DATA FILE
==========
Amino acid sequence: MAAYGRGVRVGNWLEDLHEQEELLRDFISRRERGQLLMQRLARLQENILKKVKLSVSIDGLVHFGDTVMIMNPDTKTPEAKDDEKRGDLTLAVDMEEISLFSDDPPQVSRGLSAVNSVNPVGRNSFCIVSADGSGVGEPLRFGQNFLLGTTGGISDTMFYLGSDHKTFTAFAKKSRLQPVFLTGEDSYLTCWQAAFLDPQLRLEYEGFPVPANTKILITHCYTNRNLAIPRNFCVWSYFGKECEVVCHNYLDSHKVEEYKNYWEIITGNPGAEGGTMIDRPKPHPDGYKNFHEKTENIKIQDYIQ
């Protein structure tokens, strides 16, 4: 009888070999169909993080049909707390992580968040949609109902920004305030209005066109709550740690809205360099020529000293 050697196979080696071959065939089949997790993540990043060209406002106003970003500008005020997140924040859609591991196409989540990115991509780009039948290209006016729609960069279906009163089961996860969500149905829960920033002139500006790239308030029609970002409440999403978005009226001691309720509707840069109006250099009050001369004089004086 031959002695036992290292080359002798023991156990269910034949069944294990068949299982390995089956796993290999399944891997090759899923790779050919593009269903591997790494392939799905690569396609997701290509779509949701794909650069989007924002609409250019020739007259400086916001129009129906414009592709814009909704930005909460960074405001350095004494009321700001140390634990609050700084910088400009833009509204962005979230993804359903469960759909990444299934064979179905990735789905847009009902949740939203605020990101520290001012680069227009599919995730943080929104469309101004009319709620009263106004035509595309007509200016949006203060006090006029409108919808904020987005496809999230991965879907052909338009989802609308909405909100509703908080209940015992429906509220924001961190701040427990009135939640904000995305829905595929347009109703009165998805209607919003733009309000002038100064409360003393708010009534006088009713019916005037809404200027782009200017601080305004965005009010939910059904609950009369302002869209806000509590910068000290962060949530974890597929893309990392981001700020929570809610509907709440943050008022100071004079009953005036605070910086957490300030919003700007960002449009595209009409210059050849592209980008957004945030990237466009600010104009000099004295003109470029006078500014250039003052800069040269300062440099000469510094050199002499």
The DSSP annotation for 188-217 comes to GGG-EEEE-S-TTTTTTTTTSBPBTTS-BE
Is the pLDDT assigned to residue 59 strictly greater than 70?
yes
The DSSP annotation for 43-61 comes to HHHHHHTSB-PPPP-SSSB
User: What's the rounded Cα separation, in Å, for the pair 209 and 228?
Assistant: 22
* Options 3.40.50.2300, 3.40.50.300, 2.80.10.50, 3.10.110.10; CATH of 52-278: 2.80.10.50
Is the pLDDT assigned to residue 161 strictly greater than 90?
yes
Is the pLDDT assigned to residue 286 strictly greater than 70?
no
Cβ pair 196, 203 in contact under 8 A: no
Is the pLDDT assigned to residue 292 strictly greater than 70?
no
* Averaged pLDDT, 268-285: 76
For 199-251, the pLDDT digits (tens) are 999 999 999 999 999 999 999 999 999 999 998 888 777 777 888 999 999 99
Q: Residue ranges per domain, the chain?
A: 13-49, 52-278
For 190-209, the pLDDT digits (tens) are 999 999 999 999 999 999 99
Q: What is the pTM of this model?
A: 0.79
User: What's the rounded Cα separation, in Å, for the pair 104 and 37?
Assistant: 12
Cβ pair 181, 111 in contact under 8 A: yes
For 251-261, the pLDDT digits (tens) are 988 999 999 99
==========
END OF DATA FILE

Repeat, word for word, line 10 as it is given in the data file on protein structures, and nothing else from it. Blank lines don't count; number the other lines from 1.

Is the pLDDT assigned to residue 161 strictly greater than 90?